I admit the nearly 100 year old roof truss has become firewood despite I have been told there are cabinetmakers who specialize in creating unique furniture from old wood – although or because it is partly rotten or infested by worms.
    But some people even wondered why we don’t build a new house from scratch and tear down the existing one which not uncommon where I live…. when people inherit “grandma’s house” for example.

    • Yes, too many are taking the so-called easy way out and just leveling existing structures to start from scratch. Of course the real cost is very high, both in terms of the utilization of resources that didn’t need to be used and the adoption of very long term mortgages that will likely cripple the family finances for the rest of their lives.

      • elkement says:

        … and adding a less serious comment: “The Shed” sounds like the title of a Stephen King book – If I recall correctly I added a similar remark to a somewhat eerie image of a shed published by Dave once.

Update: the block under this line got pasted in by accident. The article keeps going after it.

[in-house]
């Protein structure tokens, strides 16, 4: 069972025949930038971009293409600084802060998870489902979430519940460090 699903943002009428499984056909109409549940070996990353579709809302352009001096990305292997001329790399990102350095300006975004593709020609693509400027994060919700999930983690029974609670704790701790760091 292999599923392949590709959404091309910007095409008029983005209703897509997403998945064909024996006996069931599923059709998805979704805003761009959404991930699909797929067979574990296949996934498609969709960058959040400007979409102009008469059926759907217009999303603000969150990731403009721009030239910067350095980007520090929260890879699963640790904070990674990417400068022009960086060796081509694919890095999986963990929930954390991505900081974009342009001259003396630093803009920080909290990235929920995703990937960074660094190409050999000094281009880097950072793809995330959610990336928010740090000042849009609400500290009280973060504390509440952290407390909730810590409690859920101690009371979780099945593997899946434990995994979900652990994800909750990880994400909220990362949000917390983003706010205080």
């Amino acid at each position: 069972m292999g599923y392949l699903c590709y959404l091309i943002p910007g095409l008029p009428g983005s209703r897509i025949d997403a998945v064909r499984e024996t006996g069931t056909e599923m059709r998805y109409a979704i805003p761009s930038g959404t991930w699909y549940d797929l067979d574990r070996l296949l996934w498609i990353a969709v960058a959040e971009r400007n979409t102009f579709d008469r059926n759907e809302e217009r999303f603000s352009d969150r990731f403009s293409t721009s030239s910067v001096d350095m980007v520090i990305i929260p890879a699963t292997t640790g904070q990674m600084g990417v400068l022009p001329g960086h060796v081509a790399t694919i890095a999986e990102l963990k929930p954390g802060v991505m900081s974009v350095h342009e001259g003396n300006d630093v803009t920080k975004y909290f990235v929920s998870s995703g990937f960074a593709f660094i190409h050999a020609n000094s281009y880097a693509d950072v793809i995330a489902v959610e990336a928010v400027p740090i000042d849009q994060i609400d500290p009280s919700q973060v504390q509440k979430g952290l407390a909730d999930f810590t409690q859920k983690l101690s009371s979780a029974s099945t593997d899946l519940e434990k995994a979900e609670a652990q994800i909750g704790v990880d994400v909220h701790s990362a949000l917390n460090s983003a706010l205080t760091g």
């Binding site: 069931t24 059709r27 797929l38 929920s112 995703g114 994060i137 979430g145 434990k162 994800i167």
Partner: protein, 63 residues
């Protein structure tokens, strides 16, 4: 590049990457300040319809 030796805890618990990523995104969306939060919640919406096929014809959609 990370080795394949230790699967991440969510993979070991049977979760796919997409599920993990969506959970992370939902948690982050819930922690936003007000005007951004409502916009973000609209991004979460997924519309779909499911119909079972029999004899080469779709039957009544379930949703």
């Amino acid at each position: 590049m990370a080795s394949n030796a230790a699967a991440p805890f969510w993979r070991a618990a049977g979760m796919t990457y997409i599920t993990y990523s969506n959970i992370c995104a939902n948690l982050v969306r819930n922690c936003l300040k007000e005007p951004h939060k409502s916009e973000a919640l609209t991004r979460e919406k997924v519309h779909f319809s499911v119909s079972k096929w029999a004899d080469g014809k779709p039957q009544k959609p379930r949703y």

3. Mary says:

    Really enjoyed this story also – Kudos to you for salvaging the shed despite the best efforts of “Igor” and “Leslie” to tear it down. Seems like a spot with so many memories of family and helping hands attached . Sounds like a very satisfying few weeks (despite the initial plight and aggro) with good results of a revitalized (more than a) shed with the beautiful fragrance of brand new spruce. Hope you enjoy the fruits of your labour for a long time to come!